Why So Sad? (Part 1 of 2)

The Spencer-Kim-Lewis Family of Willow Creek

I wrote this story for August’s Monthly SimLit Contest, but I was not happy with my editing it down to 500 words. I’ve always wondered why Dennis Kim looks so sad and grumpy, and when I read the family bio (and then noticed they have no memory of this Lydia), a mystery formed in my mind.

Okay, here’s the breakdown: Dennis Kim and Lydia Spencer had a daughter named Alice Spencer-Kim, then divorced. Alice married Eric Lewis and had her own little girl, Olivia Kim-Lewis. They live with Alice’s dad (Dennis, remember?) and Eric’s mom, Vivian Lewis. Hey, no one ever said family was easy!

The Spencer-Kim-Lewis Family Description

The first time I played the Spencer-Kim-Lewis household, Eric Lewis (a glutton) immediately began grilling and set himself and half the house on fire. Eric Lewis is also part of the “Malpractice” household of the (slightly disturbing in my opinion) trailer of the same name (you can watch it here if you dare). This family is everywhere in my saves. I see Dennis as a vendor, a bartender, a massage therapist, and even busking in San Myshuno. This is part of my Sundays in Sulani series, and in Part 2, you’ll discover why. Unfortunately, I don’t have screenshots for this part. I hope you enjoy this story of Dennis Kim.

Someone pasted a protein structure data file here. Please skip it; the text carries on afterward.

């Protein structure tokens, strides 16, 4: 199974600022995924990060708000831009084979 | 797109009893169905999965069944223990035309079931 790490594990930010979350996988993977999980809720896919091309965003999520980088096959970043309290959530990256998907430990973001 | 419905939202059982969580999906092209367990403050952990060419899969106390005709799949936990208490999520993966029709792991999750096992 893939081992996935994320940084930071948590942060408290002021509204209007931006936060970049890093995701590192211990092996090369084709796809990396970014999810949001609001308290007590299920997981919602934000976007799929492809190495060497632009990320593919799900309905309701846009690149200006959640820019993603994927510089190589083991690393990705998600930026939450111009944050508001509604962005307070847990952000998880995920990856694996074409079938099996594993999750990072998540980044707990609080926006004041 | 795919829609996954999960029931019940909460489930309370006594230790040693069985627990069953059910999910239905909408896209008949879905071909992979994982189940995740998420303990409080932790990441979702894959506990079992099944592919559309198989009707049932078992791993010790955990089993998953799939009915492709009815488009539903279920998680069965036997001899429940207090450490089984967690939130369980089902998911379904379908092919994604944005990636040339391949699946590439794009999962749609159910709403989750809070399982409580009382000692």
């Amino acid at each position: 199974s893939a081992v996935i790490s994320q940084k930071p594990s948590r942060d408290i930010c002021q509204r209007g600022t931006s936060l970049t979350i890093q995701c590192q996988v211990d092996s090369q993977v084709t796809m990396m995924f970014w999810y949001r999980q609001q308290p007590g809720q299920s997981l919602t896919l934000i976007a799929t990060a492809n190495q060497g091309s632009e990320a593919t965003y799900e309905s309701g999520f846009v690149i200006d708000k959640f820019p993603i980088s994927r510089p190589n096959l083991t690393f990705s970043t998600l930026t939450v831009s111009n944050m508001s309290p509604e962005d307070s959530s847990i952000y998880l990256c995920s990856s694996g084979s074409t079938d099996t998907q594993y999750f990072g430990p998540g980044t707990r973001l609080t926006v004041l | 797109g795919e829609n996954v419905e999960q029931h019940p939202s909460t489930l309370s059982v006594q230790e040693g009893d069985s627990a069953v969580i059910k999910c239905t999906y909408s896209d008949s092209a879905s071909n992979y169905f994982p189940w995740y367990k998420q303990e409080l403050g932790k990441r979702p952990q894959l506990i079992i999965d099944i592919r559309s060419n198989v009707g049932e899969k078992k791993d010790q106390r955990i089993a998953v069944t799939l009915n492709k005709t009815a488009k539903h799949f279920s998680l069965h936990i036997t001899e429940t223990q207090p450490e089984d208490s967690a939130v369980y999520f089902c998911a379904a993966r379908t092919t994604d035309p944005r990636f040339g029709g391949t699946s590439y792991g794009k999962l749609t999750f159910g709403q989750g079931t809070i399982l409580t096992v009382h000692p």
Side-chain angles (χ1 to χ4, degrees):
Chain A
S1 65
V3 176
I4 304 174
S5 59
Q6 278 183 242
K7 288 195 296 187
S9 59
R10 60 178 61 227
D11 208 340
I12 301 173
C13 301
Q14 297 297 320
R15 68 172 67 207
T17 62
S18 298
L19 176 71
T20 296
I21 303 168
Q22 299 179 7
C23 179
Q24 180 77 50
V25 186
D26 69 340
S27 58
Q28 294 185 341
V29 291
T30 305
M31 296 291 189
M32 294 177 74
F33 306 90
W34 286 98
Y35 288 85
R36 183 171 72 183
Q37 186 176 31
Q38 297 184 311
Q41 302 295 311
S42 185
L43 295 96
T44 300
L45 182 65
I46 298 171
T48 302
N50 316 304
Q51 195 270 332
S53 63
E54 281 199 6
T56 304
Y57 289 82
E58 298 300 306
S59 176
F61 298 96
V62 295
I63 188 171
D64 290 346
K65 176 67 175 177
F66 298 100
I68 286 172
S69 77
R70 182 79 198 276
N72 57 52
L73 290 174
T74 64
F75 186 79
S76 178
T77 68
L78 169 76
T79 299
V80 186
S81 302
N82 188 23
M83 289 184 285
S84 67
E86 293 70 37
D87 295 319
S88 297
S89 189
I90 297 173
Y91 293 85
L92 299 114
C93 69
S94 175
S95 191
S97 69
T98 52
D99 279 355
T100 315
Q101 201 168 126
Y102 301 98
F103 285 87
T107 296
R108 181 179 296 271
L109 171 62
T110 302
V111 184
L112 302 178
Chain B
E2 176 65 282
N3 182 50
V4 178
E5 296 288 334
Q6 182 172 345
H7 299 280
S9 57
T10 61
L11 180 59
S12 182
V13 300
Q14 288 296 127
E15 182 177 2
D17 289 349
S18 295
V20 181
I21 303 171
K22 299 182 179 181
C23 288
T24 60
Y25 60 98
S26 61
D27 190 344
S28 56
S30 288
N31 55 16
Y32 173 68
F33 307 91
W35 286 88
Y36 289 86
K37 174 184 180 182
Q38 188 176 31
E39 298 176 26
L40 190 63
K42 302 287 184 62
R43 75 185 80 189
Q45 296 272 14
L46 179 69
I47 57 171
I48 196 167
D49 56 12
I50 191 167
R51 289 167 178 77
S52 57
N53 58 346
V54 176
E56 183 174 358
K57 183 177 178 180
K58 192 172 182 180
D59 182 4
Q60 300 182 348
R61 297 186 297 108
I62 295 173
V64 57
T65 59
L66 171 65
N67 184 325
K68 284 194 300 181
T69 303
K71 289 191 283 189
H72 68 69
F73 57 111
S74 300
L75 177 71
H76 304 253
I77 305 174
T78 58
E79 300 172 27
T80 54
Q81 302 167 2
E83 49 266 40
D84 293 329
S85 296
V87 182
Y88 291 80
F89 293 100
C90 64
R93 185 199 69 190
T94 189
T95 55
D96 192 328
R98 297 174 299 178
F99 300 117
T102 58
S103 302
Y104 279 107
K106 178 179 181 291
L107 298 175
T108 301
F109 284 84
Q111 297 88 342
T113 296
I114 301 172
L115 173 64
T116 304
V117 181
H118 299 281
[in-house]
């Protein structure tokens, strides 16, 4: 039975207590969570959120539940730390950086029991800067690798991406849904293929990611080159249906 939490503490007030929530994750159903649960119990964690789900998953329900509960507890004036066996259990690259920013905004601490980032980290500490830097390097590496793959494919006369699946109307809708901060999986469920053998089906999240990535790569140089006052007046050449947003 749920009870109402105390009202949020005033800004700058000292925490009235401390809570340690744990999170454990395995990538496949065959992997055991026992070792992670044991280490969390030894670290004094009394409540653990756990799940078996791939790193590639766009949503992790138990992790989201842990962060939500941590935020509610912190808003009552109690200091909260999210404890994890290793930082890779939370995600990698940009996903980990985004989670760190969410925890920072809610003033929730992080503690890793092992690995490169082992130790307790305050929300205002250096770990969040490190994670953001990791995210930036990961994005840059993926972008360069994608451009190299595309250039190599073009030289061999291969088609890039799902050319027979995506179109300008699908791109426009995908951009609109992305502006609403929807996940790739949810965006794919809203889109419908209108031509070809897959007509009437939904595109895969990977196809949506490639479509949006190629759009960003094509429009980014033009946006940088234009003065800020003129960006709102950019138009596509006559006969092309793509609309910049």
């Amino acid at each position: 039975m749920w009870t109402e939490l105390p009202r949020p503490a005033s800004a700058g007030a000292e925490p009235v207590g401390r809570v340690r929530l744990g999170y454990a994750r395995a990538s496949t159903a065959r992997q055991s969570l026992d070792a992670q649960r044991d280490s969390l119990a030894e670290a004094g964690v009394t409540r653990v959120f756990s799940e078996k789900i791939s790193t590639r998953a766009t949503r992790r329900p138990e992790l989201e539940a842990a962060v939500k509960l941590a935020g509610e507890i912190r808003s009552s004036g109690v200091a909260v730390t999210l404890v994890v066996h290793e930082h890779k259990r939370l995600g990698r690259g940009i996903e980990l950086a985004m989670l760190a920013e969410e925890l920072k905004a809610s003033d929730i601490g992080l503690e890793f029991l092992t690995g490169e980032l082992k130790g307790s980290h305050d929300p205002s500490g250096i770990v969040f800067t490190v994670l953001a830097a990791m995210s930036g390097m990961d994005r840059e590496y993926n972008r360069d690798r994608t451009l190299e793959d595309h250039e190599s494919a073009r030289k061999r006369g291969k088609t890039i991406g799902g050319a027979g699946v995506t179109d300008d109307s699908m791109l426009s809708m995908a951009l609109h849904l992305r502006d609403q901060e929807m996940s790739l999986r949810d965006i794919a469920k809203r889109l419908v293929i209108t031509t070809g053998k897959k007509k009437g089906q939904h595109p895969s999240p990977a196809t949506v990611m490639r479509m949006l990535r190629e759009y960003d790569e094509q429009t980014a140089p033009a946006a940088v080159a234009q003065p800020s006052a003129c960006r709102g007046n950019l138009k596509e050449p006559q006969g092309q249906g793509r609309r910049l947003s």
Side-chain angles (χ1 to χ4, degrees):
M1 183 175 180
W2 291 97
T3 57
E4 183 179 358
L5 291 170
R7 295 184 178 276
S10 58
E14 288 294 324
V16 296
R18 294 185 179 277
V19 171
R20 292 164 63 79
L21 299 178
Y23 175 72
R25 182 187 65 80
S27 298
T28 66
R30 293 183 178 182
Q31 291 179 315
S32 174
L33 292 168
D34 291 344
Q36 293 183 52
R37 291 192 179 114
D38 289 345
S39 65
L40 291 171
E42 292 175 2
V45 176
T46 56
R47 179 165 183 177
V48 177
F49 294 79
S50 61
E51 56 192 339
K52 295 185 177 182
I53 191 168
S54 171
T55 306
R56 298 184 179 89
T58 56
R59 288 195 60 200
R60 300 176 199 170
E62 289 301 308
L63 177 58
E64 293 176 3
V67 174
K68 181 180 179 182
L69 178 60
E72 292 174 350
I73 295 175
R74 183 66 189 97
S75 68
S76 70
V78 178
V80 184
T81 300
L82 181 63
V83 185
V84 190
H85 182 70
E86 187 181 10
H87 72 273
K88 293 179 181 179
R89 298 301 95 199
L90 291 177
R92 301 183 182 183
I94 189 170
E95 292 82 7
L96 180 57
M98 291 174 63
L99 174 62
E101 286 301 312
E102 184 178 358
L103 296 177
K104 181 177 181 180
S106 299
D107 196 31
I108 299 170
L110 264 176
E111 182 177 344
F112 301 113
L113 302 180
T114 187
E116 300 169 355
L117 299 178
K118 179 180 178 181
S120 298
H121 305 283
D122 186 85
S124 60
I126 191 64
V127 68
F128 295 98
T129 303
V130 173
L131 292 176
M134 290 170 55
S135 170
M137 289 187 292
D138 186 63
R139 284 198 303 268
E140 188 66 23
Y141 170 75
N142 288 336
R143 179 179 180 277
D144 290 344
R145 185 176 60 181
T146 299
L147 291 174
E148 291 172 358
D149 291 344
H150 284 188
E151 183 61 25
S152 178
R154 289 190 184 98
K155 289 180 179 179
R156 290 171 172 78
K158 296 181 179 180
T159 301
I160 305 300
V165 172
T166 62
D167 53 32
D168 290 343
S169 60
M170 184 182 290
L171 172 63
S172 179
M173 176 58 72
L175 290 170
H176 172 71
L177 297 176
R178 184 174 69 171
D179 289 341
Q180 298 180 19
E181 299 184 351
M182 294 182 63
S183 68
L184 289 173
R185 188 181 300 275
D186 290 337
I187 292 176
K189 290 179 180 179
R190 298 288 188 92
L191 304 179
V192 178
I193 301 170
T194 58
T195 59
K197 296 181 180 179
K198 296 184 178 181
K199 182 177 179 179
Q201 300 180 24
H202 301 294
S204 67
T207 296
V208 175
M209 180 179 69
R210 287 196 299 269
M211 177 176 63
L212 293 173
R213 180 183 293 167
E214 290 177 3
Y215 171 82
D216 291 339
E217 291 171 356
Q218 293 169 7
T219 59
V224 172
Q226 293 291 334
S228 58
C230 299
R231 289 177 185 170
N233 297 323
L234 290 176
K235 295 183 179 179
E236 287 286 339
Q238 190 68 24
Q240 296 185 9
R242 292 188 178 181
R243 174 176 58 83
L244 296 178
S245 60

Dennis Kim had always been a hard worker. When his only child, Alice, married her childhood sweetheart Eric Lewis, they bought the old Cypress Terrace Estate with Eric’s inheritance. It didn’t take long for the newlyweds to realize they couldn’t pay the bills, though, and became obvious the place needed work. Lots of work. The plumbing was old and the electrical needed rewiring. Dennis’ daughter and son-in-law needed help paying their bills, so Dennis sold his small home and moved in with the couple, using the funds to help renovate their large home. When those ran out, he took on extra jobs in addition to teaching, as a vendor at Hogan’s food stalls, as a bartender–he even busked for tips in San Myshuno

Dennis Kim had never enjoyed an easy life. He raised Alice by himself after his wife left. Since Dennis’ parents hadn’t approved of the match in the first place, they refused to help.

Dennis’ tireless efforts to build a strong Simlish department resulted in a newcomer’s receiving the accolades and department chair position.

When Eric’s mother, Vivian, moved in, Dennis gave up his newly remodeled bedroom and moved up to the third floor. (Vivian said it was just to far to climb every day.) They had long since run out of renovation funds, so Dennis lived in the only room not remodeled.

Dennis Kim had never been one to complain. He kept his head down and worked. He arranged buckets to catch the rain from the leaky roof. Eric had grand dreams of owning the nicest home in Willow Creek, but unfortunately, neither Eric nor Alice could keep a steady job. Eric was fired from the Cut ‘N’ Stitch Clinic after appearing in the “Malpractice” video, and Alice’s paintings still didn’t sell often enough. Vivian worked part-time here and there, but she was too grumpy to hold down permanent work. Granddaughter Olivia was a joy to Dennis, though, and so was his career.